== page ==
Breast Cancer Awareness Month: A Renewed Commitment to All Patients


Breast cancer is one of the most common cancers among American women, and is expected to claim nearly 45,000 lives in the US during 2021 alone. Of those at risk of developing breast cancer, African American people are unequally and uniquely affected. To help address this critical health inequality, AstraZeneca is proud to partner with patient advocacy organization Breastcancer.org to help reach and educate larger the breast cancer community, especially women and men in communities more heavily impacted by the disease.

We are joined by Hope Wohl, Chief Executive of Breastcancer.org, who shares her perspective and mission with us this Breast Cancer Awareness Month.  


Hope_Wohl

Hope Wohl Chief Executive of Breastcancer.org


Since it was founded more than 20 years ago, Breastcancer.org has been committed to reaching people wherever they are – no matter their diagnosis or personal situation – so they have the opportunity to get the best care possible. For far too long, we have seen how racial and socio-economic disparities in cancer care can cost people their lives. We need to do more. Racism is a public health crisis that requires dedicated resources. That’s why we are deepening our education and support initiatives to help eliminate barriers to health equity, and to provide the information patients need to self-advocate and play an active role in their care.

Our goal is to use the power of Breastcancer.org’s digital platform – reaching a wide, diverse audience around the world with a trusted voice – to raise the volume on conversations about clinical trials with Black and other marginalized communities. We do so with a sense of urgency knowing although the breast cancer incidence rates for Black women are about the same as White women, Black women are dying at a 40% higher rate than White women. Additionally, only 3% of clinical trial participants leading to FDA approval of cancer drugs between 2008 and 2018 were Black. The data are staggering. We know we must make a meaningful change to a dire situation.

Our first step was to partner with Ricki Fairley. Ricki is a highly regarded patient advocate for Black women and triple negative disease, someone we have known and admired for years. Last year Ricki turned her passion and personal experience into the creation of TOUCH, the Black Breast Cancer Alliance. TOUCH focuses on collaborative efforts toward the goal of eradicating Black breast cancer.

Together with TOUCH, Ciitizen, Susan G. Komen, Morehouse School of Medicine and the Center for Health Innovation, we have conducted research, using qualitative and quantitative methods, to more deeply understand the historic and nuanced barriers to clinical trial participation in the Black community. We are excited to share the results of our research with the world and begin outreach in the coming months.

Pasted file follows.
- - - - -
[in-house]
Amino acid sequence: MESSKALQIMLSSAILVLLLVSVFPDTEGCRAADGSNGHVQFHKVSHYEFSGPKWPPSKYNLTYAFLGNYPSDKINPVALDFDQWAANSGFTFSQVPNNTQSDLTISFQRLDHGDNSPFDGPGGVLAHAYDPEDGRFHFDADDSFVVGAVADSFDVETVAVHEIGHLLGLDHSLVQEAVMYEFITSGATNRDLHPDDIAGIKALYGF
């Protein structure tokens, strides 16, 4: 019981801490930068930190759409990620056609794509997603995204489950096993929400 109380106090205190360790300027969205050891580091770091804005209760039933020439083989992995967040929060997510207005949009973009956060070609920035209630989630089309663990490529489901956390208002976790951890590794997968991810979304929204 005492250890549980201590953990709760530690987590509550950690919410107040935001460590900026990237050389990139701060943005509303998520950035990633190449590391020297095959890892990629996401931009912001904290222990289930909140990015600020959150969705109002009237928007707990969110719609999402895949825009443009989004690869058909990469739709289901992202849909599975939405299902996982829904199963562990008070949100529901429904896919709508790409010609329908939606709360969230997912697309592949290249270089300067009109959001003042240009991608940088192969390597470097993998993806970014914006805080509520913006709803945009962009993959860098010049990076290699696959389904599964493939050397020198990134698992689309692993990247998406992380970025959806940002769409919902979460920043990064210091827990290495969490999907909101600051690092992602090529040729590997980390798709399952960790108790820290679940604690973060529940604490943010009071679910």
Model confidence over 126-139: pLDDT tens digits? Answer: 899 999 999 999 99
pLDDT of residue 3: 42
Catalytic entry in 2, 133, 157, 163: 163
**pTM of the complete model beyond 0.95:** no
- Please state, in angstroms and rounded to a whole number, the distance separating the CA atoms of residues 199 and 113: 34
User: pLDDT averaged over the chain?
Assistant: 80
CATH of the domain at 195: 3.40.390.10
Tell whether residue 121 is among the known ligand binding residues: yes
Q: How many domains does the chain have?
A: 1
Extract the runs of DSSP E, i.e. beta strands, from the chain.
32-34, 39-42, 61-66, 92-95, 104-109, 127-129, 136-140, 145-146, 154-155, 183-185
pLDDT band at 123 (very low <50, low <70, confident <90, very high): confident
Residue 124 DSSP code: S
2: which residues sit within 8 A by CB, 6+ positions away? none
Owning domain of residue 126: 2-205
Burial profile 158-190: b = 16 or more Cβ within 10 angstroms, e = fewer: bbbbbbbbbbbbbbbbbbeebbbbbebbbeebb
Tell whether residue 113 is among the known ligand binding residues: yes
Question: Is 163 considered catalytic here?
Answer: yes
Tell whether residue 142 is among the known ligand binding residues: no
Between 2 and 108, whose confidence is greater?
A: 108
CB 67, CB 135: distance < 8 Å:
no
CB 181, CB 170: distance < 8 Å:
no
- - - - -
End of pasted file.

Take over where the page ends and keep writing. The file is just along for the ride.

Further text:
Our grassroots movement to create change from within the Black community starts with awareness and education. By providing reliable medical information in ways that are relevant, accessible and actionable, Breastcancer.org and our advocacy partners play a critical role in empowering people. With research, we are breaking down the barriers to participation that are causing Black women to die unnecessarily; with awareness and education, we will build up the clarity and confidence to take an empowered role in advocating for health. Part of the empowerment comes from giving people agency over their health data. The #Blackdatamatters campaign aims to connect people to their full health records, so they control how and when their data is used for research, including opportunities for clinical trial matching and participation.

If we are to achieve health equity, we have to continue to democratize health information and make it easily accessible, actionable and trustworthy for all people everywhere, particularly those who have been marginalized, mistreated or left out of the healthcare system. It requires all of us working together to design for better representation in research and clinical trials. We have to do the hard work to see change through.

Breastcancer.org and our partners are both optimistic and determined that our innovative, inclusive and enduring collaboration is the first step in the movement to connect the Black breast cancer community to trustworthy and actionable information about clinical trial participation. We are committed to helping a generation of strong Black women and men have control over their health data so they can make the best choices for their own lives.

Hope Wohl,

Chief Executive, Breastcancer.org